In typical Ridgecrest fashion, however, the town and it's people drew us in and it became, truly our "home."
I was 14 years old when my Dad was transferred from Norfolk, Virginia to China Lake, CA. in June of 1960. I will never forget how desolate and yet beautiful the desert was as we traveled up hwy-395. The sunsets were to die for. It was amazing to me, but not my sister who cried until we saw that big patch of green - Ridgecrest and China Lake. I loved the fresh, clean air and the warmth of the sun.
We had to move in to a quonset hut for most of the summer until base housing opened up. It really wasn't too bad - we had air conditioning, a place to sleep and eat. Base housing eventually opened up for us at 1313 Lauritson.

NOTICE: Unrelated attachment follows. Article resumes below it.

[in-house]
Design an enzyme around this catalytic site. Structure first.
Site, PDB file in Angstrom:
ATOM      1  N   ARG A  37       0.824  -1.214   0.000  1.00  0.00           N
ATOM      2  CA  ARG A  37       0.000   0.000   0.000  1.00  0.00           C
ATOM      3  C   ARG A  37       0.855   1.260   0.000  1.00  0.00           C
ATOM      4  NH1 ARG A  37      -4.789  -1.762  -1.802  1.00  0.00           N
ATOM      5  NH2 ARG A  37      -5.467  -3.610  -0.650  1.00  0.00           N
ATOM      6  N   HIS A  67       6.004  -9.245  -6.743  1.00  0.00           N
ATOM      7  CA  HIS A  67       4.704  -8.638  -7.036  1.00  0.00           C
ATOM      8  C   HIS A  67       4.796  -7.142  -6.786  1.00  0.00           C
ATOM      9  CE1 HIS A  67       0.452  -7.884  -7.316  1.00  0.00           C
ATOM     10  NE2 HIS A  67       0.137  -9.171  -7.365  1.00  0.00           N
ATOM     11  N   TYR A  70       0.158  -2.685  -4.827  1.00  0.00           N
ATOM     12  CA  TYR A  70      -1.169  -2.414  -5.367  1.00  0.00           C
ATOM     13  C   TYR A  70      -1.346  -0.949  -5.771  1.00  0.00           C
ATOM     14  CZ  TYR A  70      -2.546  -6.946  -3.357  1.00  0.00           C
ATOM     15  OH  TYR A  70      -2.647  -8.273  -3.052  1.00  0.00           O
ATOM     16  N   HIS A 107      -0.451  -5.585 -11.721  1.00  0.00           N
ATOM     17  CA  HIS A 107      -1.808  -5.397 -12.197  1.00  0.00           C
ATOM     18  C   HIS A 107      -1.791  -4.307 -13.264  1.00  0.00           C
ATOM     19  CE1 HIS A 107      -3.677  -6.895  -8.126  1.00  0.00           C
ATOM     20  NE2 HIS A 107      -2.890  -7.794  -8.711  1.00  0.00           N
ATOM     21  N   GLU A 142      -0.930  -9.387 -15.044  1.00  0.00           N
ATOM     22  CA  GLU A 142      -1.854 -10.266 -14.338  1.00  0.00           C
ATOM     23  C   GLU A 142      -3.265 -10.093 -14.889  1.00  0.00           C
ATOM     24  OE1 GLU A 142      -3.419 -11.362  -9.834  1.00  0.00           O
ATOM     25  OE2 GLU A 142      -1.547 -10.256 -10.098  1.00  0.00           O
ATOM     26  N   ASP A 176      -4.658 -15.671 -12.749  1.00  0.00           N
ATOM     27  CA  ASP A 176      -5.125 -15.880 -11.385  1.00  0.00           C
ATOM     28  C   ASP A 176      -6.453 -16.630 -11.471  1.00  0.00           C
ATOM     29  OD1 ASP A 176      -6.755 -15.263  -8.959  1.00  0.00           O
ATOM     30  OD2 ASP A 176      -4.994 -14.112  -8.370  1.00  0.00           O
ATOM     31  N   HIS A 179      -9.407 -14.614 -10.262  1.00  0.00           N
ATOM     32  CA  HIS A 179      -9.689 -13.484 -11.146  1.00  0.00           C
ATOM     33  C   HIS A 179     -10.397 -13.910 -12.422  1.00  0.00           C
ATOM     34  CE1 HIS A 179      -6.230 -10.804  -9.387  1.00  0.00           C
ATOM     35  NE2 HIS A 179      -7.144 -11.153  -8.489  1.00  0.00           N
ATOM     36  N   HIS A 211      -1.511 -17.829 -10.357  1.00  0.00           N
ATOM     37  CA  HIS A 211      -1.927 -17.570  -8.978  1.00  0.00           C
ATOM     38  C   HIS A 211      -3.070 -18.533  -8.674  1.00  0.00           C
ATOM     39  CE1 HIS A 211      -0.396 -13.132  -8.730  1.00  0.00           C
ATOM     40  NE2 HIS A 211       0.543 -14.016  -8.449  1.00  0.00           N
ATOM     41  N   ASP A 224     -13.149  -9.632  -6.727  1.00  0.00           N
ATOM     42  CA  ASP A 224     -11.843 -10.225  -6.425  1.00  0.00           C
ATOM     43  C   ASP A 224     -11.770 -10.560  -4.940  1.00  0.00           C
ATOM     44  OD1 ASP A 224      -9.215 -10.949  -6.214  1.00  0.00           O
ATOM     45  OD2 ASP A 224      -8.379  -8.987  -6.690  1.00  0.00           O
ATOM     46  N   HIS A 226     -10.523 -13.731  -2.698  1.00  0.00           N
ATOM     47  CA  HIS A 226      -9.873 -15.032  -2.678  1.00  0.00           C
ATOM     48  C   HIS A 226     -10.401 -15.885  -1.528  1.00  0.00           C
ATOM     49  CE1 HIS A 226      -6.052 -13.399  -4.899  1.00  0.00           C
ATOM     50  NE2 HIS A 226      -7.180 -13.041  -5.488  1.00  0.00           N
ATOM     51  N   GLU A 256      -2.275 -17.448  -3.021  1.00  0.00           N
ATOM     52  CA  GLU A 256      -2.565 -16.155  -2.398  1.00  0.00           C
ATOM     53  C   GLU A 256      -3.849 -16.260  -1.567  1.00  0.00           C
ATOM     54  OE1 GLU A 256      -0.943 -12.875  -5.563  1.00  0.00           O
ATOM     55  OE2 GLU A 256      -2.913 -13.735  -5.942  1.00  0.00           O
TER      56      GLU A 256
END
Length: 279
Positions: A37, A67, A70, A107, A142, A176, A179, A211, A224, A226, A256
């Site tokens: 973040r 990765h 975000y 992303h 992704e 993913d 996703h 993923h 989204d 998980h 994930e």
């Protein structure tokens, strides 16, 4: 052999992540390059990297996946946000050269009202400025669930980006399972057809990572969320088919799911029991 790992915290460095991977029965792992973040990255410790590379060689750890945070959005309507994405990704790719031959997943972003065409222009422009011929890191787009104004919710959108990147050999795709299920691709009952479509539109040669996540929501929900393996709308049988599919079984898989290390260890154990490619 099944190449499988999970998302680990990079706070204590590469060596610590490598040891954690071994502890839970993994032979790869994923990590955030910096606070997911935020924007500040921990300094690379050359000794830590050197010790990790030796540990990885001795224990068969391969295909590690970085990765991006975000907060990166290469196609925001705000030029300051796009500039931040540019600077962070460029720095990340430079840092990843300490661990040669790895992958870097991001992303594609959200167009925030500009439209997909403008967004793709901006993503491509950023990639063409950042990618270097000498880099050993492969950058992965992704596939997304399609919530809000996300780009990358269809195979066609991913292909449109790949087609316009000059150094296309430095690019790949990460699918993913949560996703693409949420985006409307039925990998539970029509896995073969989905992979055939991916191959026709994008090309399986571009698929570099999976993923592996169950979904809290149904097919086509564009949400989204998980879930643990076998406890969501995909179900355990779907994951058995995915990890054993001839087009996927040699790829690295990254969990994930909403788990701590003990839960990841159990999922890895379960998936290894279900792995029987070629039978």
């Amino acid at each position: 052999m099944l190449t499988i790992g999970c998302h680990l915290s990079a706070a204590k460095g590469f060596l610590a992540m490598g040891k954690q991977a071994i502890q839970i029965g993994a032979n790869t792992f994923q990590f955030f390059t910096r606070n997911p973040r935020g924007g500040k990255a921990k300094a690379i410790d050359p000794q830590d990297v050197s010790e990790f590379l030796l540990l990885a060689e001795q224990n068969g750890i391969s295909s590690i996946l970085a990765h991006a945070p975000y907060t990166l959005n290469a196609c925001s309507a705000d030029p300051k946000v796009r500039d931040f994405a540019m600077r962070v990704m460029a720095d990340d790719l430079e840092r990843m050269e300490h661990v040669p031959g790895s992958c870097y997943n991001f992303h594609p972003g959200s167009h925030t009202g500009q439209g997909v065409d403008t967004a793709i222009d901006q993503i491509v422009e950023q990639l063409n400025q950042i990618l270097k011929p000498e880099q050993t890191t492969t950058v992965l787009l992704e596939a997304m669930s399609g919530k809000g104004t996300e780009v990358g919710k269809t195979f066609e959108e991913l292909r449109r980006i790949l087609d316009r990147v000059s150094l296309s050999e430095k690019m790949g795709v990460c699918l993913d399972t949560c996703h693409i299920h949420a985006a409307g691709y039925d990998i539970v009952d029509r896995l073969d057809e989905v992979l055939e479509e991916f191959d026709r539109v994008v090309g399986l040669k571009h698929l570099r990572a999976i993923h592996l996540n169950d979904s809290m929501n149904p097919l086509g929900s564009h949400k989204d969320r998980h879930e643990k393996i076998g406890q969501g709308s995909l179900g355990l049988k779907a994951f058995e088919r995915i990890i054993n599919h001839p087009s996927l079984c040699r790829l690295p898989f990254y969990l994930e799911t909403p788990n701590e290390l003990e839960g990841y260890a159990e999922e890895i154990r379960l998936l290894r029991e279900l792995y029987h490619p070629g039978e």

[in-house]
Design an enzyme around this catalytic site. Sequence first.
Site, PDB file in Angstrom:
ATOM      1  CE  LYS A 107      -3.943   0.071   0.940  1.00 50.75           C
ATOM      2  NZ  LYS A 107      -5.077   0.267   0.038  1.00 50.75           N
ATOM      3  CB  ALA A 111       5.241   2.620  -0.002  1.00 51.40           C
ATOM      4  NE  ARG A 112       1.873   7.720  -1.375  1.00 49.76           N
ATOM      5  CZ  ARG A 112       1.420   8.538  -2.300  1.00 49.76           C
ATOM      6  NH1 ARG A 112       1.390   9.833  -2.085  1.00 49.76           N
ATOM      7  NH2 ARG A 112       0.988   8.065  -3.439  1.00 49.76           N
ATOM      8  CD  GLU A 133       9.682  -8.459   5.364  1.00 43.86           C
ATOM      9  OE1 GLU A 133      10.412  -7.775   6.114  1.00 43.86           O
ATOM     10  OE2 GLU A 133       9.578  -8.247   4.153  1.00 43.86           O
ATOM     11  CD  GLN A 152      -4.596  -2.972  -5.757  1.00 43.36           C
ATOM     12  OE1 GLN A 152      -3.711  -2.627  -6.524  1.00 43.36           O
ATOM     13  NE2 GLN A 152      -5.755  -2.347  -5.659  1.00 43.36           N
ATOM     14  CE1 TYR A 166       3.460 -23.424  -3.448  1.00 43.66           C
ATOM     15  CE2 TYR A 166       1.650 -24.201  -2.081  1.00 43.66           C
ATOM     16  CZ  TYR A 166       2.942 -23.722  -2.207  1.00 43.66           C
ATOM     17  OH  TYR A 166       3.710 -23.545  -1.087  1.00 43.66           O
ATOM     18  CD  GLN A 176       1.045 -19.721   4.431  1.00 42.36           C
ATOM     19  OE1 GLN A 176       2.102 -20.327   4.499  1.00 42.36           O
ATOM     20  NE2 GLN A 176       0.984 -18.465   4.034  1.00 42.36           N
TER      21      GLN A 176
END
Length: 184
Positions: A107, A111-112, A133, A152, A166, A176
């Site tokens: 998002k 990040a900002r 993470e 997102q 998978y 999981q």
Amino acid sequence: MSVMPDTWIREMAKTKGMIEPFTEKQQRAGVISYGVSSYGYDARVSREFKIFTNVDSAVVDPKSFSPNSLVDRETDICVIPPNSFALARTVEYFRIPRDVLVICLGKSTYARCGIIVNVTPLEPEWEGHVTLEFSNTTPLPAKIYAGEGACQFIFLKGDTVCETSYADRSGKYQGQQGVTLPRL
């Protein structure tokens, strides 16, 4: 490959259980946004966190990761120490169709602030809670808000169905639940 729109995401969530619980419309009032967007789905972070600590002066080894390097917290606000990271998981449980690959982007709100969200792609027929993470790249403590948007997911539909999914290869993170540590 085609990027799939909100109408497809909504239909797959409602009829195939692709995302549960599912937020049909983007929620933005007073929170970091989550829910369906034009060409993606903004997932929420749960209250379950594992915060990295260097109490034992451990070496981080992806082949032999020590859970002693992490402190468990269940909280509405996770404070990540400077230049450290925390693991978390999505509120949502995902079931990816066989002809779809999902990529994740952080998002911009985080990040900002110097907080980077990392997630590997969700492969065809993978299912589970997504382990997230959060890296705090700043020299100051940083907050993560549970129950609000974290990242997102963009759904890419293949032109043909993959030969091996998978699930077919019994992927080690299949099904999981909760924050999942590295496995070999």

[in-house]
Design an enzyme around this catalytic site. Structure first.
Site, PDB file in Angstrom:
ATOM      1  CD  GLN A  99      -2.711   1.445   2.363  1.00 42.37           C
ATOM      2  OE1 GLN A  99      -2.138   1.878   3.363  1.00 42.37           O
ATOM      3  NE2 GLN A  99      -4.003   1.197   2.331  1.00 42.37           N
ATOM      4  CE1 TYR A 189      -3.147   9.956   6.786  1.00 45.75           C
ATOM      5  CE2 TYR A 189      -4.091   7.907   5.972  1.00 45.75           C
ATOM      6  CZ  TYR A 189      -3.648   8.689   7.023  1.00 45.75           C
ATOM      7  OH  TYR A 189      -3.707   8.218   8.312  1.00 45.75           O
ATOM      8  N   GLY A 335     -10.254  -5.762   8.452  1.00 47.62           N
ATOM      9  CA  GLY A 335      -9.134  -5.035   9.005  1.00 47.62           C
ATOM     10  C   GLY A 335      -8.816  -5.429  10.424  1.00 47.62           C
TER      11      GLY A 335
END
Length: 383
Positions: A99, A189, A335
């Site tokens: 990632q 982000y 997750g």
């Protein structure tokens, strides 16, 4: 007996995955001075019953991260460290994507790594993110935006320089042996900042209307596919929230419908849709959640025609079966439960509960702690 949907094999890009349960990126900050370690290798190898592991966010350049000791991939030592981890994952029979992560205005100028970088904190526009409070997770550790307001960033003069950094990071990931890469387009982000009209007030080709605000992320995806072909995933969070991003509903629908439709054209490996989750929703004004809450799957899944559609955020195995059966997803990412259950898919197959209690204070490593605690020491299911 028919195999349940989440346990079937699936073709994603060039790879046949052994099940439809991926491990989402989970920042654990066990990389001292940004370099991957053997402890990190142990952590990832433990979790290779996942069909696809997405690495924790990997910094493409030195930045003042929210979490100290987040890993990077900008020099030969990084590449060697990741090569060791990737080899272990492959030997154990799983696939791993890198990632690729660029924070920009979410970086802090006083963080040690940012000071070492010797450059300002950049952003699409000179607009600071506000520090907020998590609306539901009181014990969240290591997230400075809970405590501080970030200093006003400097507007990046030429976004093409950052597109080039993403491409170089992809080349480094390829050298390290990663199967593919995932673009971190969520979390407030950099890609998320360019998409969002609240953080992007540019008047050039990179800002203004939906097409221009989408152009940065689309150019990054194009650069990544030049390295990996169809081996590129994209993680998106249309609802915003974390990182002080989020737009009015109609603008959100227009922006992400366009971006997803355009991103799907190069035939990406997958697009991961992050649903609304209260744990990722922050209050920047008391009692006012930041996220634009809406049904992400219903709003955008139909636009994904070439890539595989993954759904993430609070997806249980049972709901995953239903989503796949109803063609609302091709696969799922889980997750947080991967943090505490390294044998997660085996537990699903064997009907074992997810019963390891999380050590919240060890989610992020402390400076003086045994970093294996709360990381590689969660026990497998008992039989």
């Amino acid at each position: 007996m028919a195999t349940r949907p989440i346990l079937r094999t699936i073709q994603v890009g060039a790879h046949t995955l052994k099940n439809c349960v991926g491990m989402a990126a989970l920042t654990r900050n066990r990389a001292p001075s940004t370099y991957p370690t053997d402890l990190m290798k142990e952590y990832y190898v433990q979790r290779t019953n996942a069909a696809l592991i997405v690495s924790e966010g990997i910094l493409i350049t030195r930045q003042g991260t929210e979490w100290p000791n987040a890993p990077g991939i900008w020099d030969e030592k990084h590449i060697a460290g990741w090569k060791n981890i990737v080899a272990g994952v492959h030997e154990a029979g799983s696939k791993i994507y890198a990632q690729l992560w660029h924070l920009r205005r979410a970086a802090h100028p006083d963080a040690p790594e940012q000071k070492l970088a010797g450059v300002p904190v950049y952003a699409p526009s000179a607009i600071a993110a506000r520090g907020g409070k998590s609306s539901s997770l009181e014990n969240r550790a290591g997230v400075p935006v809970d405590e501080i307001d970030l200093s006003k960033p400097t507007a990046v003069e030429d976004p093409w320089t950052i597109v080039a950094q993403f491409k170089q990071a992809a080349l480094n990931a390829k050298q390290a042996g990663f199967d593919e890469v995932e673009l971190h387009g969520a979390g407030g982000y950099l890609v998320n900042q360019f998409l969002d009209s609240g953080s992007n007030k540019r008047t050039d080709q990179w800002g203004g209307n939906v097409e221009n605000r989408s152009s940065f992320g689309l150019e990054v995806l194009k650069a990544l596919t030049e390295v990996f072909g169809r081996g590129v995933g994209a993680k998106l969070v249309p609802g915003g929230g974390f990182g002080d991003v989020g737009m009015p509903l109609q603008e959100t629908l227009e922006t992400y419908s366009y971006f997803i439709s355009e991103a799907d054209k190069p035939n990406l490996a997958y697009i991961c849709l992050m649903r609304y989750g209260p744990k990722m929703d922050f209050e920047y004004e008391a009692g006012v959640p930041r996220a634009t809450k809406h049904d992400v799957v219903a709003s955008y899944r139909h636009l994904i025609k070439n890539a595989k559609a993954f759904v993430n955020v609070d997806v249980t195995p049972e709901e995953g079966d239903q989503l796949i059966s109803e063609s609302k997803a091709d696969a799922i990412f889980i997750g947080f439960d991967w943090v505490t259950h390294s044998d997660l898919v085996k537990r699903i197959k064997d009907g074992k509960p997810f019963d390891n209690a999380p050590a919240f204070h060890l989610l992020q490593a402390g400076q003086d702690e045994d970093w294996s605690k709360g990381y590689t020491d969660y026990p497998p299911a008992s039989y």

Our little home is no longer there. My husband and I made a motor home trip there in 1999 and it was really sad to see all the homes, trees and grass gone. I took a walk through the desert, as I had done many, many times to go to school at Burroughs High. My memories are filled with lots of good things from living and going to school there. I spent all my free time at the base swimming pool and base theatre with my best friend Evelyn Whealen.
We got involved in a group, with both military and high school kids to make relations better between us. There was an article in the "Rocketeer", dated 9-1-1961, about our efforts and how well we were getting along. For years there had been tension and by coming together we made a difference.
I really enjoyed being part of everything and I especially enjoyed the good health I experienced. In the past I had suffered from many bouts of bronchitis - but not in China Lake. I couldn't have been healthier with the exception of cracking my head open on the high dive at the base community pool.